If you are an electric utility customer and are interested in generating your own renewable energy to offset your electricity bill, North Carolina law allows you to do so if you meet the following criteria:
- The renewable energy facility must be intended to offset part or all of your own electricity needs, not to sell electricity to your electric utility;
- The renewable energy facility must have a capacity of 1 MW AC or less for non-residential customers and 20 kW AC or less for residential customers; and
- The renewable energy facility must interconnect with the utility’s system pursuant to the current generator interconnection standard and operate in parallel with the utility’s distribution system.
Eligible energy resources include solar, wind, biomass, landfill gas, and hydropower.
Net metering is a billing arrangement whereby a customer who generates their own electricity from renewable energy resources can receive a credit on their electric utility bill for any extra electricity produced by the customer that flows back onto the electric utility’s distribution system.
Generating your own electricity may reduce your electric bill in two ways:
- The electricity you produce displaces electricity you would otherwise have purchased from the electric utility; and
- Your electricity bill is lowered by the amount of electricity your generating system may feed back onto the utility’s system.
If you want a net metering billing arrangement, your generating equipment must be connected to your electric utility’s distribution system. While your generating equipment is producing electricity, your home will consume that electricity first, before any is consumed from the grid. Whenever your generating equipment produces more electricity than you need, the extra electricity flows backward through the utility meter on your property.
If you are on a standard rate schedule, the flow of excess electricity backward onto the grid results in a lower monthly meter reading by the electric utility, thus lowering your electric bill. If you are on a time-of-use rate schedule (meaning that you are billed at a higher rate for energy used during on-peak hours, and at a lower rate for energy used during off-peak hours), any excess electricity that flows backward through your meter during on-peak hours will reduce your electric bill at your on-peak rate, and any excess electricity that flows backward through your meter during off-peak hours will reduce your electric bill at your off-peak rate.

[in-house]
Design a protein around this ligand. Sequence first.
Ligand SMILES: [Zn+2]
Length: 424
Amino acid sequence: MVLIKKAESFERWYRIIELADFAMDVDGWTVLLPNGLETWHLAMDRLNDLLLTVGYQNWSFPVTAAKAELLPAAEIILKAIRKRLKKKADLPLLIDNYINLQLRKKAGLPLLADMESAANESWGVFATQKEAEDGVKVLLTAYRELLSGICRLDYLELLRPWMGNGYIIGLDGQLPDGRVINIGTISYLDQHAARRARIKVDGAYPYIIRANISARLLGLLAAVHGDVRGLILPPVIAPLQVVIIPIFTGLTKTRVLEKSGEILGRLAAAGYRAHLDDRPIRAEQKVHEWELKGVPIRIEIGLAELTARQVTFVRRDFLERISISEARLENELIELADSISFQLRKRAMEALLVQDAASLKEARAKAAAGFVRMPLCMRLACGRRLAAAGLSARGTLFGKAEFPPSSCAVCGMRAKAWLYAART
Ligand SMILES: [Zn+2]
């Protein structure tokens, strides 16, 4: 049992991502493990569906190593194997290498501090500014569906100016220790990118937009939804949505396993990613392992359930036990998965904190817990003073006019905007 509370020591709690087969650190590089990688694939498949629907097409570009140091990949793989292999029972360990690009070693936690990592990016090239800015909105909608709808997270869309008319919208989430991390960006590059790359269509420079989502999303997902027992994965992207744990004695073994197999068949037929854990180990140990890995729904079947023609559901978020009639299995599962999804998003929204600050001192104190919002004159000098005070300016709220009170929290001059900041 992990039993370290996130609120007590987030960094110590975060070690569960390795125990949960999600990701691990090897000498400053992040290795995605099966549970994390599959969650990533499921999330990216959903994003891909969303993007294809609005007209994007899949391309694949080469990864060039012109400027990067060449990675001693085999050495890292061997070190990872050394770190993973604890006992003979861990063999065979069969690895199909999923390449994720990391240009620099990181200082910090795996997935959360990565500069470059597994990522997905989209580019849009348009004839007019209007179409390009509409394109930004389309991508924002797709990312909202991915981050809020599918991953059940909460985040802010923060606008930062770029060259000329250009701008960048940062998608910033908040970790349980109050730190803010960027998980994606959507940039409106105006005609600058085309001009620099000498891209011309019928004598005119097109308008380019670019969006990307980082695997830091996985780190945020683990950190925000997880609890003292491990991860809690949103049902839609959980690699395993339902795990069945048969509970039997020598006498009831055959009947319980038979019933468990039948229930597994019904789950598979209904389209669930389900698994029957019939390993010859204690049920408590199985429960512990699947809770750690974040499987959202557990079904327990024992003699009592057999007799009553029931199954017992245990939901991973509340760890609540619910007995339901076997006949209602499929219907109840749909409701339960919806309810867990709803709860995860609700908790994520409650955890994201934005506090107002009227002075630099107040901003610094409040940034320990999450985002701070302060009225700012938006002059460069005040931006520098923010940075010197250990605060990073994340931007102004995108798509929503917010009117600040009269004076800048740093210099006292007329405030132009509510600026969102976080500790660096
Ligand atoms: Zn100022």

In the case of excess generation, a credit will be noted on your electric utility bill.
The credit can be used to offset charges in future months. However, on June 1 of each year, any unused credit that has accumulated over the previous 12 months is forfeited. This reflects the fact that electricity is more costly in the high-demand summer and winter months than in the cool spring and fall months. For example, excess electricity that you generate and put onto the grid in April does not fully compensate the utility for the electricity that you consume in July, because it costs the utility more to generate that electricity in July than it does in April. If the credits could accumulate indefinitely, it would allow you to treat the grid like an “electricity bank”, and unfortunately the grid does not currently have that type of storage capacity.
The net metering credit is limited primarily to kilowatt-hour (kWh) charges. Other portions of your bill, like the fixed customer charge and the Renewable Energy Portfolio Standard (REPS) charge, cannot be offset by the net metering credit.
No. Due to safety reasons, if the electric service to your home is out, your renewable energy facility will be forced offline. This precaution is to prevent your generation system from feeding excess electricity onto the grid, which would put utility line workers at risk as they repair electrical lines. The only way to supply power to your home with distributed generation during power outages is to invest in an energy storage system and a transfer switch.
Yes. House Bill 589, passed in July 2017, requires the largest power utilities in North Carolina (Duke Energy Carolinas, Duke Energy Progress, and Dominion Energy North Carolina) to file revised net metering rates which “shall be nondiscriminatory and established only after an investigation of the costs and benefits of customer-sited generation.” Customers may enter into the existing net metering tariffs until the new rates are approved by the Utilities Commission. Customers on the existing net metering tariff who own their systems may choose to continue receiving service on those rates until January 1, 2027.
The rates of rural electric cooperatives and municipal electric utilities are not regulated by the Utilities Commission. While they are not required to offer net metering, some may do so. Contact your electric cooperative or municipal utility to find out what they offer.
Contact your local electric utility to request an application form for interconnection service for your proposed renewable energy facility. You must complete an application form for your electric utility to review and approve before you attempt to connect to their system.
The interconnection review process varies based on the amount of electricity you intend to produce and the location of your equipment on the electric utility’s system. Your installer can help walk you through these forms.